This switch is apparent in neoclassical economic theory. The theory proposes that ‘perfect competition’ (implying atomistic competition between individuals) is the ideal form of social organization. But the same theory accepts that firms (which organize using hierarchy) are the basic unit of production (Mankiw, 2012).
This switch from the autonomy of the individual to the autonomy of the group, I propose, is how free-market ideas promote hierarchy. It is easiest to see how this might work by applying the idea to ourselves. We use the word ‘free will’ to describe our own freedom to put conscious thoughts into action. Yet when we look inside ourselves, the concept of ‘free will’ is contradictory. Individual humans are a community of cooperating cells, organized in a hierarchy. This means that our ‘free will’ is predicated on a large number of cells being ‘unfree’. If you are free to lift your arm at will, this requires that brain cells have control over muscle cells. So the ‘free will’ of the individual is predicated on the ‘unfreedom’ of most of the individual’s constituents.
I propose that the same principle applies when free-market ideas are put in action. While, in principle, they stand for the autonomy of the individual, in practice they stand for the autonomy of business firms. By promoting this autonomy, these ideas may implicitly legitimize the hierarchy within firms. The ‘freedom’ of the free market therefore translates into the power of firm owners to command. It is ‘power in the name of freedom’7This doublespeak may be why free-market thinking has spread at the very time that hierarchy appears to have increased. Contrary to the theory’s scientific claim, the ideological effect of free-market thinking may be to facilitate the growth of hierarchy.
This idea is speculative, but consistent with the available evidence on cultural beliefs. On that front, Figure 13 shows a curious trend. Countries with a more individualistic psychology (as measured by Gerte Hofstede’s (2010) ‘individualism index’) tend to have more managers. Similarly, countries with a ‘looser’ culture (as measured by Michele Gelfand’s (2004) index) also have more managers.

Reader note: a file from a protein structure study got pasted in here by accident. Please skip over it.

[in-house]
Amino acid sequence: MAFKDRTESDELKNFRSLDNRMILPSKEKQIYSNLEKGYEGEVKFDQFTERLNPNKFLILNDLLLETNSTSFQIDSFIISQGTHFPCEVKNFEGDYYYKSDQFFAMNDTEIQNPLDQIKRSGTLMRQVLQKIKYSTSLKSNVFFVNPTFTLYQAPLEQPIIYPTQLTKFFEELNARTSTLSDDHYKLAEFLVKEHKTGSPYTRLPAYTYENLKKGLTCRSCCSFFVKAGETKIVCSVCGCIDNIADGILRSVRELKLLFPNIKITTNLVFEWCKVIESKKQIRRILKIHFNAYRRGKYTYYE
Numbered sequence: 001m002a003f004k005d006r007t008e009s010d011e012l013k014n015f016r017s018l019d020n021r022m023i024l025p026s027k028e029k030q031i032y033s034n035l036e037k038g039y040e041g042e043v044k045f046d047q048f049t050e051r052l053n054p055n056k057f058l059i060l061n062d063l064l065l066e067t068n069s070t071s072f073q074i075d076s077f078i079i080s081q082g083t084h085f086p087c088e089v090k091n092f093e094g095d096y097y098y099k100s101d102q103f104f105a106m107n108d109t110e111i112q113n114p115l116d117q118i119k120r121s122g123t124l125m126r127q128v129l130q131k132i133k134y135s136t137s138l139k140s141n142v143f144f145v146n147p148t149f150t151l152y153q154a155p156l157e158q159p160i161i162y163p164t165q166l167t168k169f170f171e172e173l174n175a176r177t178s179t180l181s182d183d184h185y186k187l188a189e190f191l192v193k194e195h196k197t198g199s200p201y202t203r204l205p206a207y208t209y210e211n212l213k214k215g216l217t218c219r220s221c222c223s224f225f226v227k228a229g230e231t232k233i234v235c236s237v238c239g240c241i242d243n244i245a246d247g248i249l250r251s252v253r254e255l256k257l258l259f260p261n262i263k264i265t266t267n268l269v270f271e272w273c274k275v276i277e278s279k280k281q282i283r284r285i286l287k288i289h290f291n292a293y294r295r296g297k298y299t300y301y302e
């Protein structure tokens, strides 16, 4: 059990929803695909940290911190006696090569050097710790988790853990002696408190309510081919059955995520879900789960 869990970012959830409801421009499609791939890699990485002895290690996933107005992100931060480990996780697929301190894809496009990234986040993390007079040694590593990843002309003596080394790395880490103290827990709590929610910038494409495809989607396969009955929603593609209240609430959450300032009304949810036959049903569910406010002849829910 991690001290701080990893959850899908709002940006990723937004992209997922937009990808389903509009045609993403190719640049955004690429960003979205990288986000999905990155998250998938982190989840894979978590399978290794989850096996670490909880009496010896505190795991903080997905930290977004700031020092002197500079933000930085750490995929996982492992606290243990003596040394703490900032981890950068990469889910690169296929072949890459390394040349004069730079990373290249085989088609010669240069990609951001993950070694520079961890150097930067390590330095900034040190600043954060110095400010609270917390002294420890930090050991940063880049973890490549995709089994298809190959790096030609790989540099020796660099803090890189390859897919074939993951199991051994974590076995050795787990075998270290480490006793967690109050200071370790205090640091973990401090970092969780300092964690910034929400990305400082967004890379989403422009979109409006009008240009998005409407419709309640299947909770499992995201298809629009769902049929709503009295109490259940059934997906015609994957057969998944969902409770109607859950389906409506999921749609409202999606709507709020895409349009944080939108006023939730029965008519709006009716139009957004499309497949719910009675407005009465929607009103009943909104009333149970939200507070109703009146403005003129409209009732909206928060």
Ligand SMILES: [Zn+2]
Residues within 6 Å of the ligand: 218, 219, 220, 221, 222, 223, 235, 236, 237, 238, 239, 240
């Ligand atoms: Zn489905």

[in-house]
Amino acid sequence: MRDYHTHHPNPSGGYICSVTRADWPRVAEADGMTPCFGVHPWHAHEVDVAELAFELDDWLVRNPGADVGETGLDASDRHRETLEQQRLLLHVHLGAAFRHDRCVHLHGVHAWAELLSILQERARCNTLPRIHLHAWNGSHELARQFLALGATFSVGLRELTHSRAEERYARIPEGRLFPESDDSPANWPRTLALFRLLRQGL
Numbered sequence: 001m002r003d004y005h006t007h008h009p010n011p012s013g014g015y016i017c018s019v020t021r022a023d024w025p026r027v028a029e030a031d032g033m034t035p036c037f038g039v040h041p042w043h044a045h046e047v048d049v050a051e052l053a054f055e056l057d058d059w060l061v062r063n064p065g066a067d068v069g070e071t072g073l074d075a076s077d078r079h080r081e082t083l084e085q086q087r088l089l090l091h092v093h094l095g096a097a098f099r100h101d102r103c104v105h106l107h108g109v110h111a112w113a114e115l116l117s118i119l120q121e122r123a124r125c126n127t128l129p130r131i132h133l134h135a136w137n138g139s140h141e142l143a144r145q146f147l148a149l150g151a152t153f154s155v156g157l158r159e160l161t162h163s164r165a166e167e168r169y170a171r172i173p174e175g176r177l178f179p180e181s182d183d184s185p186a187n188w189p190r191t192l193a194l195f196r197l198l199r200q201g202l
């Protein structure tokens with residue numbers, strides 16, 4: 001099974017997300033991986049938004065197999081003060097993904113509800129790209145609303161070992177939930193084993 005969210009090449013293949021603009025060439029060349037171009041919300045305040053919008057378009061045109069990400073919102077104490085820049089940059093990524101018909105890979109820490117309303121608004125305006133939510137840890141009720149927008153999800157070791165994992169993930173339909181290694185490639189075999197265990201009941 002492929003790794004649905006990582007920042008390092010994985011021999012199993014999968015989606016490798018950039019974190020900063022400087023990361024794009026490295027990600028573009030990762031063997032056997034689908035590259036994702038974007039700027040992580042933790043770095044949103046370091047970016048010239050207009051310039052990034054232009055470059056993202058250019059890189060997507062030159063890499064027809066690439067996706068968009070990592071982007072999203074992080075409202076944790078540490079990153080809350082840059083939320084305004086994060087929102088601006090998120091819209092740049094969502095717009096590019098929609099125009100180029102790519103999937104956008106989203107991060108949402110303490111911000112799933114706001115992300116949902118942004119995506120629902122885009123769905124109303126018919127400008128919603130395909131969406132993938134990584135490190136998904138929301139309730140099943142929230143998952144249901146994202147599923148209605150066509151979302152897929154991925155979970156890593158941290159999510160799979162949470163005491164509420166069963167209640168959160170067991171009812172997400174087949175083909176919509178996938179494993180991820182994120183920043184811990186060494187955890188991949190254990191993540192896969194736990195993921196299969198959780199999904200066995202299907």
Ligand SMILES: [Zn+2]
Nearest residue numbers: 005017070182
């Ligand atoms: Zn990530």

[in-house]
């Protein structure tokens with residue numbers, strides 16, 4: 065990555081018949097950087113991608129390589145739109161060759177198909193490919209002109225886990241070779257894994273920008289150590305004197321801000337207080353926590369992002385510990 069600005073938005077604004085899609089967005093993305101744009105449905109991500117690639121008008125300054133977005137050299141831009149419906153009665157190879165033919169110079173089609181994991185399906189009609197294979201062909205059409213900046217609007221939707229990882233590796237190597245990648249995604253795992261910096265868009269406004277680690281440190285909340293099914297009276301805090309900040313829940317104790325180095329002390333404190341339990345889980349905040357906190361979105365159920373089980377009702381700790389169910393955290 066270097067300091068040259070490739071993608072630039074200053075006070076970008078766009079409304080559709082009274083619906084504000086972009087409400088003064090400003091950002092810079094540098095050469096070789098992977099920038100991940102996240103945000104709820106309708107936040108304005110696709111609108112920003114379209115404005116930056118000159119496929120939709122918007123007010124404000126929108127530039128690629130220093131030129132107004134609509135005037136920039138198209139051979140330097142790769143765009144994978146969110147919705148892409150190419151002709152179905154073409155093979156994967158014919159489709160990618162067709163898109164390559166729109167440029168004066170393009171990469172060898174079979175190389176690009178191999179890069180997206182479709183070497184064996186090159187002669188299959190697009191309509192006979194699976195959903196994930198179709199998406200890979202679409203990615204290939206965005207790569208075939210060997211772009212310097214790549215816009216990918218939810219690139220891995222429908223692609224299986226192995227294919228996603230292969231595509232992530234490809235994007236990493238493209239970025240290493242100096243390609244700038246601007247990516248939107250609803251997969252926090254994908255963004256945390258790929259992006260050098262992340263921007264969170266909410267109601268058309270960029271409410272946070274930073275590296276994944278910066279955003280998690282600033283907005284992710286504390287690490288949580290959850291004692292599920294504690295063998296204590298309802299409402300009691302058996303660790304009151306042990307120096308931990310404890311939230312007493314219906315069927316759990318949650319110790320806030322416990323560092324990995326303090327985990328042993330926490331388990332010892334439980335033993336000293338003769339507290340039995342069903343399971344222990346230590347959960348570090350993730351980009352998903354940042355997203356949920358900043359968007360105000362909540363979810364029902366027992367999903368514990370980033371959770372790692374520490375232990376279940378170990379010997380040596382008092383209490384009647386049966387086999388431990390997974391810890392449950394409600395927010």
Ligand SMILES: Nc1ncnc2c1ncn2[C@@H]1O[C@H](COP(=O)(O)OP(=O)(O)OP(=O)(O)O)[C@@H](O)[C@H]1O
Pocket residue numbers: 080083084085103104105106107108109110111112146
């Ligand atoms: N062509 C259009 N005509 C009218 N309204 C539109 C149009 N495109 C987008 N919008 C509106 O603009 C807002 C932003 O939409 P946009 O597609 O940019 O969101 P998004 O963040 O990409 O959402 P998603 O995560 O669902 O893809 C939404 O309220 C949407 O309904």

Figure 13: Cultures become more individualistic and looser as the number of managers grows
I plot here measures of cultural beliefs (within countries) as they relate to the managers’ share of employment. Panel A shows Geert Hofstede’s (2010) ’individualism index’ - a measure of individualistic psychology. Panel B shows Michele Gelfand’s (2004) index of cultural ‘tightness’, where ‘tighter’ cultures have stronger norms and a lower tolerance of deviant behavior. For sources and methods, see Part 6.
This result is counterintuitive. It clashes with common sense. One would think that an individualistic culture with loose norms ought to have less hierarchy. Yet the reverse seems to be true. This evidence supports the idea that free-market thinking may paradoxically serve to stoke the growth of hierarchy.
7 I thank Jonathan Nitzan for suggesting to me the phrase ‘power in the name of freedom’.
This article is part of a new research paper draft ("Economic Development and the Death of the Free Market ") being presented serially. Here are the parts:
- Evolution of Free Markets and Hierarchy
- The Growth of Hierarchy with Economic Development
- Energy and Hierarchy
- Rethinking Free-Market Theory
- Does Free-Market Thinking Motivate Hierarchy?
- Conclusions and Methods
Caption graphic credit: Clip from David I of Scotland knighting a squire, Wikipedia. Full image:
King David 1 introduced radical changes in hierarchy to Scotland during his reign 1124-1153. From Wikipedia:
The term "Davidian Revolution" is used by many scholars to summarise the changes which took place in Scotland during his reign. These included his foundation of burghs and regional markets, implementation of the ideals of Gregorian Reform, foundation of monasteries, Normanisation of the Scottish government, and the introduction of feudalism through immigrant French and Anglo-French knights.